Bagan Travel Guide: Trip of a Lifetime

Bagan Travel Guide: Trip of a Lifetime

Part 3

The rugged stones sitting muted by the roads, watching every traveller, and allowing weary ones to rest on them for a while; have many stories to tell. The playfully swaying trees have their own testimony of the changing scenes of Myanmar’s Bagan. The shy huts scattered around the region have housed families who are not just residents but protectors of the rich heritage held by the town. Bagan has several enchanting tales to tell.

In the plainness of the lives people lead here, in the joyfulness traveller’s experiences here, and in the poignancy with which tourists leave this small town; Bagan simply does not stop to amaze its visitors.

My advice would be to plan a trip which allows you to relish the moments here without hurrying through your itinerary. Bagan really is where you breathe deeply and let experiences unfold one after another at their own pace, allowing you to enjoy every moment. Make it a ritual to watch the sunsets and sunrises here, because they are the most beautiful moments of the day.


You may access Part 1 / Day 1 and Part 2 / Day 2  of our stay in Bagan here and here.


A lacquer making workshop sounded fitting for our last day here, especially since Vikram and I were so intent on taking back a part of Bagan with us! A traditional lunch followed by a sunset river cruise and dinner at the Aye Yar River View Resort rounded up our day with the most spellbinding views and delicious food.



 Day 3

By the third day of our trip, we were acquainted with the town and knew just the place to catch the last rising sun of our visit to Bagan – Bulethi. The proximity of the pagoda to the point from where the hot-air balloons take off makes it a great place for someone trying to capture the astounding views in their lens – camera and eyes.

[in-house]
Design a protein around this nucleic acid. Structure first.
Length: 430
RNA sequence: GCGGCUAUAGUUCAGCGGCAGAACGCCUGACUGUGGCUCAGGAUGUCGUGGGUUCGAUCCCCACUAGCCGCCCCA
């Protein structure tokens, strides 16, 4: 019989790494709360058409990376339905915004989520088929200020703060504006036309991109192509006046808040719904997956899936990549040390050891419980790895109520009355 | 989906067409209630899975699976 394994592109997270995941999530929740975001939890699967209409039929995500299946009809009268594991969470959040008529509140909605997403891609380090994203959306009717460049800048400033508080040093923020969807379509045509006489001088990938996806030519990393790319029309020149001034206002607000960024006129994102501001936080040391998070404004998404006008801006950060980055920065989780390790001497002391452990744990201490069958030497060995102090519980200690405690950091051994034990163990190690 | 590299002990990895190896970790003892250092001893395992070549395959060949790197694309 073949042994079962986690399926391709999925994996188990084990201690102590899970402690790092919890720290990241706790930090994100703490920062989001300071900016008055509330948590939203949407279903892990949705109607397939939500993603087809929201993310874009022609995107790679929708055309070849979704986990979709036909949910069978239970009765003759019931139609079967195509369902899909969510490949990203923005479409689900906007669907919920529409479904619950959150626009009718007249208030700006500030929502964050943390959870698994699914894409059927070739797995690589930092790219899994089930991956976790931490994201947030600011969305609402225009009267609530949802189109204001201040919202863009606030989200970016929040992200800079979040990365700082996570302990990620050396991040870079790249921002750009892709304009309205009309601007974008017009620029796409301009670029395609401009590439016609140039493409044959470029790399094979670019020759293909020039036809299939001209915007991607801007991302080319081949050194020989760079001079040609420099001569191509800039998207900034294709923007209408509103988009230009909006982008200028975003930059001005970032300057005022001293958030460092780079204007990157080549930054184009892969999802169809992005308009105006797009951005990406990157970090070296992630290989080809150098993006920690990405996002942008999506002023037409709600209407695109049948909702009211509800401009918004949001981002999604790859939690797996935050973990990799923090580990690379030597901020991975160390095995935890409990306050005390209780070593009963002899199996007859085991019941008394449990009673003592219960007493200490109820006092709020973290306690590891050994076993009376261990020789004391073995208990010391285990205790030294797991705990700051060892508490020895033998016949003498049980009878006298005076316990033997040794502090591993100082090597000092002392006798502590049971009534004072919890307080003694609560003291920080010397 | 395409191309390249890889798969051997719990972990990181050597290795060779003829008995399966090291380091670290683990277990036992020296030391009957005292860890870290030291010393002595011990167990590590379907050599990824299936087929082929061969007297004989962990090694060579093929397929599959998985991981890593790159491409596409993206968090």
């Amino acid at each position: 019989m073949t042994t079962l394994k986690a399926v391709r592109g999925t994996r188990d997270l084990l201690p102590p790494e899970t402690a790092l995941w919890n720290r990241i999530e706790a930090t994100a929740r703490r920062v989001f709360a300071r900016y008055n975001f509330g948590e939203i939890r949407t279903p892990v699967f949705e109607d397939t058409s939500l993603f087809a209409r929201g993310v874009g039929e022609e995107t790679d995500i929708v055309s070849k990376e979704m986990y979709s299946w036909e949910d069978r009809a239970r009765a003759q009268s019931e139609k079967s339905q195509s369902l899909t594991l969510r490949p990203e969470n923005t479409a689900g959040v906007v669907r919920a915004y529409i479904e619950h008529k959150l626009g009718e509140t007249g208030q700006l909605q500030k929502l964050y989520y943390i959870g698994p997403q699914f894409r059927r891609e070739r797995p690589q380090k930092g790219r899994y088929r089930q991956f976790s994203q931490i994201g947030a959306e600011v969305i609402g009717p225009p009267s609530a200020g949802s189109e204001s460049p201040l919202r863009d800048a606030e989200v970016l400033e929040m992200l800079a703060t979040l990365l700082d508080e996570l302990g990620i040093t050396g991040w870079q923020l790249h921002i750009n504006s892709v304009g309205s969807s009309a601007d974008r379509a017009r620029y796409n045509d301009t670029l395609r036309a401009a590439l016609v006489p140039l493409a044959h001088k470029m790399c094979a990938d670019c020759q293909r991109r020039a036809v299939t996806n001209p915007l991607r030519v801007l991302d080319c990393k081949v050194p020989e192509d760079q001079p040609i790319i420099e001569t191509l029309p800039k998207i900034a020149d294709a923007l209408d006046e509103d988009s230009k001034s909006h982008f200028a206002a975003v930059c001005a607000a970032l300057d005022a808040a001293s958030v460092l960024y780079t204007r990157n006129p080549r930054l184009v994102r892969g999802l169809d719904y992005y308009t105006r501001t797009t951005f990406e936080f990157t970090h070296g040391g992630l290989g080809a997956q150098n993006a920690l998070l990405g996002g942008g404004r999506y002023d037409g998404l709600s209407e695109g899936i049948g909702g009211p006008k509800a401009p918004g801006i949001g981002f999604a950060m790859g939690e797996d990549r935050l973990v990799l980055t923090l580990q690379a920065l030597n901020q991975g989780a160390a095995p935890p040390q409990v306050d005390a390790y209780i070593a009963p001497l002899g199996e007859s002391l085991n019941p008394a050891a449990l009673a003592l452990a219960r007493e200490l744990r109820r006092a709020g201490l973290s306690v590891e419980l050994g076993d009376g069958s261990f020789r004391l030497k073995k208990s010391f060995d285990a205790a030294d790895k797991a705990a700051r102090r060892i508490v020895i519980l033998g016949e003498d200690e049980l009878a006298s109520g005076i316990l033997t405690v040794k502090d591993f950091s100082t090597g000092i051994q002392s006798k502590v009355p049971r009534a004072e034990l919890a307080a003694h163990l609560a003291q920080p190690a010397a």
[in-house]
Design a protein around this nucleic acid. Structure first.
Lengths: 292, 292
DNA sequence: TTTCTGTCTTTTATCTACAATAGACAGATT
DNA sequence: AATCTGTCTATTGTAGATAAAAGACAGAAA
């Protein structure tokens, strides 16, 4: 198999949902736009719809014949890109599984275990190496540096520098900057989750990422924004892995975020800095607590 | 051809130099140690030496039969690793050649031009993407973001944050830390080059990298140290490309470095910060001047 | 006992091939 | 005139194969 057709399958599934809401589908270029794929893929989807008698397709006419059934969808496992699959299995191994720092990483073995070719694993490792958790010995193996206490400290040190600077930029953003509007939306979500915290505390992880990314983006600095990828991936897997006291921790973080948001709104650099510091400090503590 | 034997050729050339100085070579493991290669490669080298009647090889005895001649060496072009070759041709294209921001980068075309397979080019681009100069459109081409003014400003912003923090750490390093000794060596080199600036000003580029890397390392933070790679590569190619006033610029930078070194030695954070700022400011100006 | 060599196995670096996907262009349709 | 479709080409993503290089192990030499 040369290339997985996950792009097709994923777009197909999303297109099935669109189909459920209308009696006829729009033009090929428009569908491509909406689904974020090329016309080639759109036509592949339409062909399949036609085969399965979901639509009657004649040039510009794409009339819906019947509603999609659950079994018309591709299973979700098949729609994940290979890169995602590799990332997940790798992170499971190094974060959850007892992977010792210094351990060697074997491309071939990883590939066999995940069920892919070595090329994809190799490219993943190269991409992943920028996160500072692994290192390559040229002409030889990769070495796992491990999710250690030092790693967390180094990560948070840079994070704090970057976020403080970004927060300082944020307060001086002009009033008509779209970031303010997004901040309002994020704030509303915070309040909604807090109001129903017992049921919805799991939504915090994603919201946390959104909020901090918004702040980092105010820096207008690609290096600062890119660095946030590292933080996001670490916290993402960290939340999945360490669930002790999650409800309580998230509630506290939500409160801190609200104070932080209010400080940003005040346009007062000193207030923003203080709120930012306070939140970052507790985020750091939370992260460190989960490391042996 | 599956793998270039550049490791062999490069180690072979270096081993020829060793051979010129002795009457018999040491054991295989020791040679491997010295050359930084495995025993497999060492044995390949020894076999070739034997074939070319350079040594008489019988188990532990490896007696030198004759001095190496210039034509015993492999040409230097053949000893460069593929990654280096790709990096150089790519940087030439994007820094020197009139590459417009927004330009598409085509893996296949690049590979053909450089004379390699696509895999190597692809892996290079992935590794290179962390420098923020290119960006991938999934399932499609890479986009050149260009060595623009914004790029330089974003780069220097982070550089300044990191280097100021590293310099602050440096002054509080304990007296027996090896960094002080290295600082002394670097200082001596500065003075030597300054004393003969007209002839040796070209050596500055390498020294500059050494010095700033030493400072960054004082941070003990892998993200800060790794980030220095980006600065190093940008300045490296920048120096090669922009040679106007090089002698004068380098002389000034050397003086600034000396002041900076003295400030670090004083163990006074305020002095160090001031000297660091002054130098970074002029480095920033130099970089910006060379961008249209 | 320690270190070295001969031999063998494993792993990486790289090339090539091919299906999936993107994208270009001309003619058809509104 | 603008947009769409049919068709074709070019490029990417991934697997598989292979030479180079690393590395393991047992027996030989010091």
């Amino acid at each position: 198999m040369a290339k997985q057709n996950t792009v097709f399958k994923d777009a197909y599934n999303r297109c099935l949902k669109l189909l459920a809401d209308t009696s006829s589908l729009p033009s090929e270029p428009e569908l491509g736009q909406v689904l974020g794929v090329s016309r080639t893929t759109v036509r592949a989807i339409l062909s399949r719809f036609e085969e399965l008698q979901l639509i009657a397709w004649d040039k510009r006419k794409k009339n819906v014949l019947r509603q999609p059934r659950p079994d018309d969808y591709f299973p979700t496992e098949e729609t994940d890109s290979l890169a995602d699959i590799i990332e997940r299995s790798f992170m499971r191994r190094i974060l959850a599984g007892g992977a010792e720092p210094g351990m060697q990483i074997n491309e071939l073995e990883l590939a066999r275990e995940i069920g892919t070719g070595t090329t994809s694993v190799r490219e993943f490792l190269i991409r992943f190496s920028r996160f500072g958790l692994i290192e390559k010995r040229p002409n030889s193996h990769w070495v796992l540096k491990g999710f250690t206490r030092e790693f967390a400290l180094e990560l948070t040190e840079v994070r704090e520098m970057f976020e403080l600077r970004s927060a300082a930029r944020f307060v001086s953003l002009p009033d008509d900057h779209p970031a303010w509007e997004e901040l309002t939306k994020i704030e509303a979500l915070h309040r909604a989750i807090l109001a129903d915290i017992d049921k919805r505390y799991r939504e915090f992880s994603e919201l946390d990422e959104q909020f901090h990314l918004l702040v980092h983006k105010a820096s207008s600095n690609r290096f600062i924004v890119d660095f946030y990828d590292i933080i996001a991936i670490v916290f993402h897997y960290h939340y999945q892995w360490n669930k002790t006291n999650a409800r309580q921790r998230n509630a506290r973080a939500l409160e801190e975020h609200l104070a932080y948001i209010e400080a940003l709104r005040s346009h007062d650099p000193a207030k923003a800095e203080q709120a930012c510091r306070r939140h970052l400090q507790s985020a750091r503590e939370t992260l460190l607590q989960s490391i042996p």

Losing ourselves in the magic of the sunrise, we gently leaned against the ancient walls forgetting everything else around us as if we were in a magical trance.

These are the perks of picking a temple away from the well-traversed paths. Fewer people to share the place with, equals more magic and more romanticism in the air. With the balloons dotting the skies and the sun colouring the sky in the most uplifting tones, we knew that the quietude of the place served as a catalyst to increase the beauty of the view.


Watching the sun rise over Bagan while the balloons fly over at Bulethi Pagoda


I have put together a few tips for taking pictures of sunrises and sunsets for those of you who are planning a trip to Bagan:

  • Don’t sulk over early morning alarms, you will find the views to make your trip to Myanmar a more fulfilling one. Staying late is equally rewarding.
  • When it comes to the perfect shot, a lot is left on chance. But patience usually pays its dues.
  • A tripod and lens make for excellent companions, but they aren’t a necessity.
  • Enjoy every sunrise and sunset from a different temple, it allows you to enjoy different views and capture various angles of each moment.
  • Take a lot of pictures, but don’t forget to enjoy the sunrise or the sunset itself. Even amateurs end up with some of the most beautiful shots here.



Bagan’s Lacquerware – A Wonderland of Remarkable Workmanship

There is something universal about the search for beauty.

Beauty is objective. It defies a limited meaning by changing itself according to the eyes that see it. Poets have written endlessly about the eternal way in which beauty touches our souls – sometimes in everyday things and sometimes in the most surreal of ways.

I travel to explore. Explore the country I travel to. Explore the people. Explore cultures. Explore the way in which routine lives differ in diverse regions of the world.

And in all my explorations I have realized that no matter which corner of our planet I travel to, every community strongly feels the need to beautify their environments, decorate the architecture, and adorn themselves in ways that are fitting to their culture.

Take Burmese lacquerware for example: it is one of those mediums through which the beauty of everyday items is transformed into richly decorated objects. Hardly a matter of a single day’s work, beautiful lacquerware is usually the product of seasoned artisans.


Visiting the U Ba Nyein Lacquerware Workshop in Bagan, taught us the basics and immersed us in the meticulousness of the artisans. Imagine an unassuming piece of bamboo being transformed in the hands of the craftsmen into a thing of immaculate beauty. That is exactly what happens every day in Myanmar’s lacquerware shops.